Despite objections from the police unions, New York released records of the wrongdoing of more than 83,000 police officers
Last August, The Root reported that the New York Civil Liberties Union released data showing more than 323,000 complaints of misconduct against more than 80,000 New York police officers, shortly after police unions failed to block disclosure of the records in a federal appeals court . Well, it turns out the Big Apple is not done with releasing police records for the benefit of the civil communities that the police are designed to protect and serve. In fact, earlier this month the disciplinary records of more than 83,000 state police officers were released to the public.
The New York Civil Liberties Union publishes more than 323,000 allegations of wrongdoing against the NYPD
Insider reports that the New York Civilian Complaint Review Board released a new searchable database this month allowing people to view the records of tens of thousands of police officers. Shortly afterwards, the NYPD also made its own database available.
Jonathan Simon, professor of criminal law at the University of California at Berkeley, sat down for an interview with Insider to talk about the benefits of data dumps like this system. “
Simon said one of the main reasons people fail to bring legal claims when they feel their rights have been violated by the police is because they doubt their experience. They wonder if what happened could have been their fault or if they are overreacting.
If a person who believes they have experienced wrongdoing can look online that an officer has previously done the same, “this would reinforce their initial sense of wrongdoing in a way that would hopefully enable them to take action”, said Simon.
The public records could also help prevent a law enforcement agency from hiring someone with a history of misconduct.
If a police officer is fired, including for serious misconduct, they can often get a job with another law enforcement agency, known as the “wandering officer phenomenon,” according to a study by the Yale Law Journal published last year.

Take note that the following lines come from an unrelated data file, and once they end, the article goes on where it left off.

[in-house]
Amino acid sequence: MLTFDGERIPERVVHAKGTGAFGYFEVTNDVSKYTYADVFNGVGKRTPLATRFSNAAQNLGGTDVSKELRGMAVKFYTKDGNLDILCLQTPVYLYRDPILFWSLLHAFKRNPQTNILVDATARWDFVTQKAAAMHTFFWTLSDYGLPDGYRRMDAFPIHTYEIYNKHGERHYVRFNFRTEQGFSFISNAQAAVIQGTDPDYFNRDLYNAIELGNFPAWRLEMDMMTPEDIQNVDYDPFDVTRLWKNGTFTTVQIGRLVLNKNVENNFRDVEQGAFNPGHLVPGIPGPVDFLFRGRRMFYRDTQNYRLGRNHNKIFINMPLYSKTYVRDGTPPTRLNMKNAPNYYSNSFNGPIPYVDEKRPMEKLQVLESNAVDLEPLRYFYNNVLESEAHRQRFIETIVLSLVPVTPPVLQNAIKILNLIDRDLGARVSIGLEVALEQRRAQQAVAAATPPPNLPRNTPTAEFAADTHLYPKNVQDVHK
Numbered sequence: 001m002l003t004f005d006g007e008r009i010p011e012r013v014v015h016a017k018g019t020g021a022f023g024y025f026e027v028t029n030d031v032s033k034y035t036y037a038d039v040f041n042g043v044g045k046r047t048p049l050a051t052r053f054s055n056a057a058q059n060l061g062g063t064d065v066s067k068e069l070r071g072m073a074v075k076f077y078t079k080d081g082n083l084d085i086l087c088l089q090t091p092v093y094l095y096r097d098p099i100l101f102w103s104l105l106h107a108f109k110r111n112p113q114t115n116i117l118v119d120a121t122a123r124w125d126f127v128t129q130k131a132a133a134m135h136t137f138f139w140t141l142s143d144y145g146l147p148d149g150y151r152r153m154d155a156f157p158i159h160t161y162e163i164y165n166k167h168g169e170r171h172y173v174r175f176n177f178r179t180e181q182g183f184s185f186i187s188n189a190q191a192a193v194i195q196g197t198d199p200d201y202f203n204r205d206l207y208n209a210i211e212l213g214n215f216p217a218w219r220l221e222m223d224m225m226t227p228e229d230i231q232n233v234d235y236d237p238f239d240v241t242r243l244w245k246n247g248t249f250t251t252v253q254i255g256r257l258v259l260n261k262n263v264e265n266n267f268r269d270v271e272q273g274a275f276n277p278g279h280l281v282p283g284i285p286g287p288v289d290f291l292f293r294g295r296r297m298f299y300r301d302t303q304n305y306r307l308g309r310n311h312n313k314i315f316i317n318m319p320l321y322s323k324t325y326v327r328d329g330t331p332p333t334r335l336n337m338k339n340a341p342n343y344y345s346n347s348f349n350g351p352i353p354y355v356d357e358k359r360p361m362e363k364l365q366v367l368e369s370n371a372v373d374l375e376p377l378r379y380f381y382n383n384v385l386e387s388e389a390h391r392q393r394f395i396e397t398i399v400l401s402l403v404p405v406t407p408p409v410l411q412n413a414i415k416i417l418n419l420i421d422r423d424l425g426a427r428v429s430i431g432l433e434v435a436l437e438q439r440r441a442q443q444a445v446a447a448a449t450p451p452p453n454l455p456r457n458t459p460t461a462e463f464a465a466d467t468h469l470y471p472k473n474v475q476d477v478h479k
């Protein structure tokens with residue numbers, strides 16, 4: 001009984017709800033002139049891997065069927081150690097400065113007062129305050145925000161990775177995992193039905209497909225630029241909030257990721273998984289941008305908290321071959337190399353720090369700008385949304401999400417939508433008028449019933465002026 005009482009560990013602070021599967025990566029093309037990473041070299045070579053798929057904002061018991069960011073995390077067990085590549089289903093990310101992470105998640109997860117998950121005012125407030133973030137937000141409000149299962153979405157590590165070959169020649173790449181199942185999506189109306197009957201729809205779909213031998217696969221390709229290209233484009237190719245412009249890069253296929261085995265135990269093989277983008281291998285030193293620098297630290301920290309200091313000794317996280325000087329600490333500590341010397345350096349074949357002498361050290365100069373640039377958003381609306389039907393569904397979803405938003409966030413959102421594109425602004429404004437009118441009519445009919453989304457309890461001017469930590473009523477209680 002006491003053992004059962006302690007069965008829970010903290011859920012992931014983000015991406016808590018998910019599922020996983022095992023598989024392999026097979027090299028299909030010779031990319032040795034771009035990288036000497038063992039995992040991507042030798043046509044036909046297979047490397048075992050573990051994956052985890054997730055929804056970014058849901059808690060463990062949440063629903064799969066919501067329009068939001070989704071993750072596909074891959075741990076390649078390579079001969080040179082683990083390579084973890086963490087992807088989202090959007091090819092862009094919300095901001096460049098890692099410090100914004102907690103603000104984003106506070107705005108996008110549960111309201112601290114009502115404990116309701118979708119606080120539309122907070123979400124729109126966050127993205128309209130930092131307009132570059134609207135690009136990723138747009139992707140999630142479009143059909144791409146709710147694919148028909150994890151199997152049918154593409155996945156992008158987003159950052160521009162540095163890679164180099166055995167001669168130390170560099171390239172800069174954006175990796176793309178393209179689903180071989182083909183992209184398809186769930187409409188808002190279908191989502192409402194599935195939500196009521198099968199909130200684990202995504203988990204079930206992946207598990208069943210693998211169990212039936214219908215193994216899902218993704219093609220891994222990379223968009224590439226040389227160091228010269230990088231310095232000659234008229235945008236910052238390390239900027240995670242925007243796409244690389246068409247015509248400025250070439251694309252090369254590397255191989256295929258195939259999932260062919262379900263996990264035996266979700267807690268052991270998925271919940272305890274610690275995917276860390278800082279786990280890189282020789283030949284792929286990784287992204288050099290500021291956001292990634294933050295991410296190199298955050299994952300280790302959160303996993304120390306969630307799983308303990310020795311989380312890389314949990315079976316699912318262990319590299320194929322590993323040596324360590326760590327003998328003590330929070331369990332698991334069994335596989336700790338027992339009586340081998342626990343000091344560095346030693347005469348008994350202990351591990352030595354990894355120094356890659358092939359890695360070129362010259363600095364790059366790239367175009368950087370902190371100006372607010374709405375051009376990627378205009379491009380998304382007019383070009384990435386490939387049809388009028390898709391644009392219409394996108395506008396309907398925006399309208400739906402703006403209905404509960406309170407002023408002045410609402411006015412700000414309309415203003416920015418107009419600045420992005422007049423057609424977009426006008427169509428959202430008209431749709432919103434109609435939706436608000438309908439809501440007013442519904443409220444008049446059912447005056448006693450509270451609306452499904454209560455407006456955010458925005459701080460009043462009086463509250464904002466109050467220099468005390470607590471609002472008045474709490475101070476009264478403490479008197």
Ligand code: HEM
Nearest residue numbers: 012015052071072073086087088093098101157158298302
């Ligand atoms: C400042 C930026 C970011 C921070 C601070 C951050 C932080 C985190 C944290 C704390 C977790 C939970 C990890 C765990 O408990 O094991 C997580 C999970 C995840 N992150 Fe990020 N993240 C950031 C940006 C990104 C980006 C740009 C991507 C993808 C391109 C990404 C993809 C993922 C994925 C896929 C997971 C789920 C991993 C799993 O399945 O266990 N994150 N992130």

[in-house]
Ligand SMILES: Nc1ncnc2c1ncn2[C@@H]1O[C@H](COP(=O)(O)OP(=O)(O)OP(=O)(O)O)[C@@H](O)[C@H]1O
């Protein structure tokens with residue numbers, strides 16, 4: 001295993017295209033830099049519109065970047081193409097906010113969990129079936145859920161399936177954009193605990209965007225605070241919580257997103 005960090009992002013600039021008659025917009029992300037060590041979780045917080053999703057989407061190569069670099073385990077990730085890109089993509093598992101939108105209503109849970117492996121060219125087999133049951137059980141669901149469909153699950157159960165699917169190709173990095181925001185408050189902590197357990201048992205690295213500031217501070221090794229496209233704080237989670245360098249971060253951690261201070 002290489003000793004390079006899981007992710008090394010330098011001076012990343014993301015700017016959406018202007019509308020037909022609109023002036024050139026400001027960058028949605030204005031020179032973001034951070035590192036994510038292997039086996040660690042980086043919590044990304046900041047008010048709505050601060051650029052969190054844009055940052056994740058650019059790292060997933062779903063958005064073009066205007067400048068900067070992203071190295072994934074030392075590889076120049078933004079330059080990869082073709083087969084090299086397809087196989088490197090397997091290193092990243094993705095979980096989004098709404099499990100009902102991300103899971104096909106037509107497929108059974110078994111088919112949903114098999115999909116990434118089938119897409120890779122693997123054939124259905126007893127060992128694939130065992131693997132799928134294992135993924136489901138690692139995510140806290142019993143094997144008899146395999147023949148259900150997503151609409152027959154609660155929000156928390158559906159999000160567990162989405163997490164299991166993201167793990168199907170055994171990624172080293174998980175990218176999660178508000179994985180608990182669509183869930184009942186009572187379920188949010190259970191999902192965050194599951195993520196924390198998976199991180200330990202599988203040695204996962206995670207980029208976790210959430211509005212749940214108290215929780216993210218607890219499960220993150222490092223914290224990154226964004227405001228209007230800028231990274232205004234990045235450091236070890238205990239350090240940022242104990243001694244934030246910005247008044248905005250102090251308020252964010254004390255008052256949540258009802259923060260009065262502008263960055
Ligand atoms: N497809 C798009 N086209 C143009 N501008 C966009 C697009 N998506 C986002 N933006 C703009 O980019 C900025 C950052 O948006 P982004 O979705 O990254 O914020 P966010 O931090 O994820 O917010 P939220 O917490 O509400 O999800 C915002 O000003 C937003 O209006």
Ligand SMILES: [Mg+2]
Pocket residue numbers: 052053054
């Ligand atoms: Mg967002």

Simon said in some of these cases that the new agency may not be aware of the officer’s wrongdoing history as it is often not publicly available. Using public disciplinary files, Simon said, “It will be easier for the police to avoid hiring officers with a track record that has not been disclosed to them.”
The story goes on
One can only wonder why cops, who tend to live by the creed “If you haven’t done anything wrong, don’t worry,” never want to apply the same logic to themselves. Allowing the public to see the records of officers in their communities should not be a thing the police want to fight, especially if they are serious about weeding out the rotten “bad apples” we hear so much about over and over again .
If civilians ‘criminal records are made available to the public, why shouldn’t police officers’ disciplinary records?
However, the database released by the CCRB excludes “open allegations, successfully brokered allegations” or “allegations relating to the NYPD or other investigative units,” reports Insider.
Exposing records of wrongdoing is just a drop in the bucket of what needs to be done to bring real police reform to America – but it’s a step in the right direction. There are currently around a dozen US states that have published police disciplinary records. It is a policy that needs to be adopted across the country.